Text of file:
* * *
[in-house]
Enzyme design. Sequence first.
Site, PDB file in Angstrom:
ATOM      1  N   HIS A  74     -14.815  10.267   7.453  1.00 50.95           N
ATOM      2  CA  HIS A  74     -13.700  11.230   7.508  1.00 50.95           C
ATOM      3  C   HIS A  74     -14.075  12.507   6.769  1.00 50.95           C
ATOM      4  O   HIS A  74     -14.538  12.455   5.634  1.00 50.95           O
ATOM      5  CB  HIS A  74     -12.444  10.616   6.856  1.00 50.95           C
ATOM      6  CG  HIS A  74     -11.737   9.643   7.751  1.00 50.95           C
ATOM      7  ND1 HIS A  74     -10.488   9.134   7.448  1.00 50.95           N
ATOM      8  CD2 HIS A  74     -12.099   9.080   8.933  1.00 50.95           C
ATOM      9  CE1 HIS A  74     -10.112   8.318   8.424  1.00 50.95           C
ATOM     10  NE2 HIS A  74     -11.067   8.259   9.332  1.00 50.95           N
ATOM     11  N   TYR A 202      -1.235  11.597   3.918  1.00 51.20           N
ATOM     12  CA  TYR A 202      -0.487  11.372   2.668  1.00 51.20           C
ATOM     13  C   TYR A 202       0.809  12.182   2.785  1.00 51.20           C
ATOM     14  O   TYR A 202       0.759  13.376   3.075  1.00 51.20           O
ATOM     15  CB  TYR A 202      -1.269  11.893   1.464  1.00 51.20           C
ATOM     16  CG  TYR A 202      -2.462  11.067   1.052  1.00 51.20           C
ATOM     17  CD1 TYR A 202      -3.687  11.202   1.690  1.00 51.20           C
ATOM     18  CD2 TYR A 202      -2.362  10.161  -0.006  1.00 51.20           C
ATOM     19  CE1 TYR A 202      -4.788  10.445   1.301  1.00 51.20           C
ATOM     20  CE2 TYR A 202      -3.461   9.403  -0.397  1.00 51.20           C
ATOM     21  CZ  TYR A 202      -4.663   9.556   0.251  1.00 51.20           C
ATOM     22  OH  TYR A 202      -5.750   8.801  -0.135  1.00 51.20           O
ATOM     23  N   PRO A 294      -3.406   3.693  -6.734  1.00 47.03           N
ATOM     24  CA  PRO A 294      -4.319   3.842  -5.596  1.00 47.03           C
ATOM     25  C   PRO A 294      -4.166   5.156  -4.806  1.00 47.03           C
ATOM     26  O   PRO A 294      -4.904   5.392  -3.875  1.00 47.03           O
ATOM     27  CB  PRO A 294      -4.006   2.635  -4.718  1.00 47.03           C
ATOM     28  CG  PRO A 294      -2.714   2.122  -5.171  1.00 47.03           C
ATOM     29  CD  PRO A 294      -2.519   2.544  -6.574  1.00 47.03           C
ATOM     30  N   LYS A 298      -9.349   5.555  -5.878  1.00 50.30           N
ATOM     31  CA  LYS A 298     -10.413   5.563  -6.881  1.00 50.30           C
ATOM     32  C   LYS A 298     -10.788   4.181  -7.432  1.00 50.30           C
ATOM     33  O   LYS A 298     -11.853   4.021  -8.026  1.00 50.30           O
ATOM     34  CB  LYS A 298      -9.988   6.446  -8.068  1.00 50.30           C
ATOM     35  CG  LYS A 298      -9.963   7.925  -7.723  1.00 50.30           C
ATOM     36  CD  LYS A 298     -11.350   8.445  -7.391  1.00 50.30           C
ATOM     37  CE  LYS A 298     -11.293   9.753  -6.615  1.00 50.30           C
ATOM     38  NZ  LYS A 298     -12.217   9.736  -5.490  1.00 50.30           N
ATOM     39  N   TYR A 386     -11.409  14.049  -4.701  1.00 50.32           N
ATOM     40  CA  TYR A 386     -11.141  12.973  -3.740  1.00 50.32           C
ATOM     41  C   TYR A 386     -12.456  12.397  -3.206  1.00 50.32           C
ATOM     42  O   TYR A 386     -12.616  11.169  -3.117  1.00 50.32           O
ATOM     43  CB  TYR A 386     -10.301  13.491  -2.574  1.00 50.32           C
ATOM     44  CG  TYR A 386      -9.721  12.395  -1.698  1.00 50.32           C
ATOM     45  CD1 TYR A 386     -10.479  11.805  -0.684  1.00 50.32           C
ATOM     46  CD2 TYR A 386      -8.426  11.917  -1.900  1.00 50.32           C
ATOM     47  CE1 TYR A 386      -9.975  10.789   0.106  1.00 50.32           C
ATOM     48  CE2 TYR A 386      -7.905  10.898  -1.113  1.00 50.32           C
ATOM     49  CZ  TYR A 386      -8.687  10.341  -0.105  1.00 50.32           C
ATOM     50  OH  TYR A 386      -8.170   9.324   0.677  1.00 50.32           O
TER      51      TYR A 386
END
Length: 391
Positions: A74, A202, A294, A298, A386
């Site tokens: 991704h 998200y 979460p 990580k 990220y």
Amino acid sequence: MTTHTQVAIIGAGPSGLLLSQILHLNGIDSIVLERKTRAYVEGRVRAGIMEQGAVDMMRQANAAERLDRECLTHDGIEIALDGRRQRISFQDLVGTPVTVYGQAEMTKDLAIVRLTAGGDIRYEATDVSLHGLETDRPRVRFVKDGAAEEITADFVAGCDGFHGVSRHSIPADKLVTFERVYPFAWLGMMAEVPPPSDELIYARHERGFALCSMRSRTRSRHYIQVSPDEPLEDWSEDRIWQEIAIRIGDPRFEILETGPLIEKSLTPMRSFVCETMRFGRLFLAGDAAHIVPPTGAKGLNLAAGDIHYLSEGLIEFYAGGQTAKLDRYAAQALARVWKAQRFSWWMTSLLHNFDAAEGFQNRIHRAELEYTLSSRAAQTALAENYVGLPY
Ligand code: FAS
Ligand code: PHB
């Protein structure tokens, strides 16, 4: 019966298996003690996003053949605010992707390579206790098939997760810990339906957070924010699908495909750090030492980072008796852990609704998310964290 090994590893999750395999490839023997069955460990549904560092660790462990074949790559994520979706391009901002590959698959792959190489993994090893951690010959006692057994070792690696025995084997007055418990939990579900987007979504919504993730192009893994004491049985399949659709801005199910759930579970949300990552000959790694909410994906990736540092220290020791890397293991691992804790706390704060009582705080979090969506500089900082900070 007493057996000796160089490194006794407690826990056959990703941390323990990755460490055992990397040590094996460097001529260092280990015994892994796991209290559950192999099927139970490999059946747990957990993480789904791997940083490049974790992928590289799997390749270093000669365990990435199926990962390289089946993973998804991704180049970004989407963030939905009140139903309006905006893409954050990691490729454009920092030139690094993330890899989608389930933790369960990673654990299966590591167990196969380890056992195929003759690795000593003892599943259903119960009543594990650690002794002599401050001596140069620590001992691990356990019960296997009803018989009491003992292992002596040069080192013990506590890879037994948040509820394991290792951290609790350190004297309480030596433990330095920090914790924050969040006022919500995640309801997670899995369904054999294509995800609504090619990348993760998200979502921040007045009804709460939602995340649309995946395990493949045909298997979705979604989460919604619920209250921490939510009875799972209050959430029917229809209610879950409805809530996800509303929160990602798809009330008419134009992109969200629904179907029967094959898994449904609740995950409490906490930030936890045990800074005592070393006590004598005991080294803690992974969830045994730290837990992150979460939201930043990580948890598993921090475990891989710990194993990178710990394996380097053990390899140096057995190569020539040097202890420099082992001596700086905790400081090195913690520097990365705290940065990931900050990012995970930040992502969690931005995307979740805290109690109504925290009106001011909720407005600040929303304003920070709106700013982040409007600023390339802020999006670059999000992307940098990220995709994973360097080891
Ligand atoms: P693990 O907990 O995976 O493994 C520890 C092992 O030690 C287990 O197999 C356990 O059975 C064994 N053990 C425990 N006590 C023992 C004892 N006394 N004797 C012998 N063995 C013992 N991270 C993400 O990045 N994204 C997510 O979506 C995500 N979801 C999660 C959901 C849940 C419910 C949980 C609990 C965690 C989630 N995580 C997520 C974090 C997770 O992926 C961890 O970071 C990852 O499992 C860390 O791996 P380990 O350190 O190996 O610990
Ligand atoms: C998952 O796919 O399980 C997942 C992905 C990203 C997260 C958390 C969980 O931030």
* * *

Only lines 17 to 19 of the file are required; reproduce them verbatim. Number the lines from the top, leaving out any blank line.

ATOM     14  O   TYR A 202       0.759  13.376   3.075  1.00 51.20           O
ATOM     15  CB  TYR A 202      -1.269  11.893   1.464  1.00 51.20           C
ATOM     16  CG  TYR A 202      -2.462  11.067   1.052  1.00 51.20           C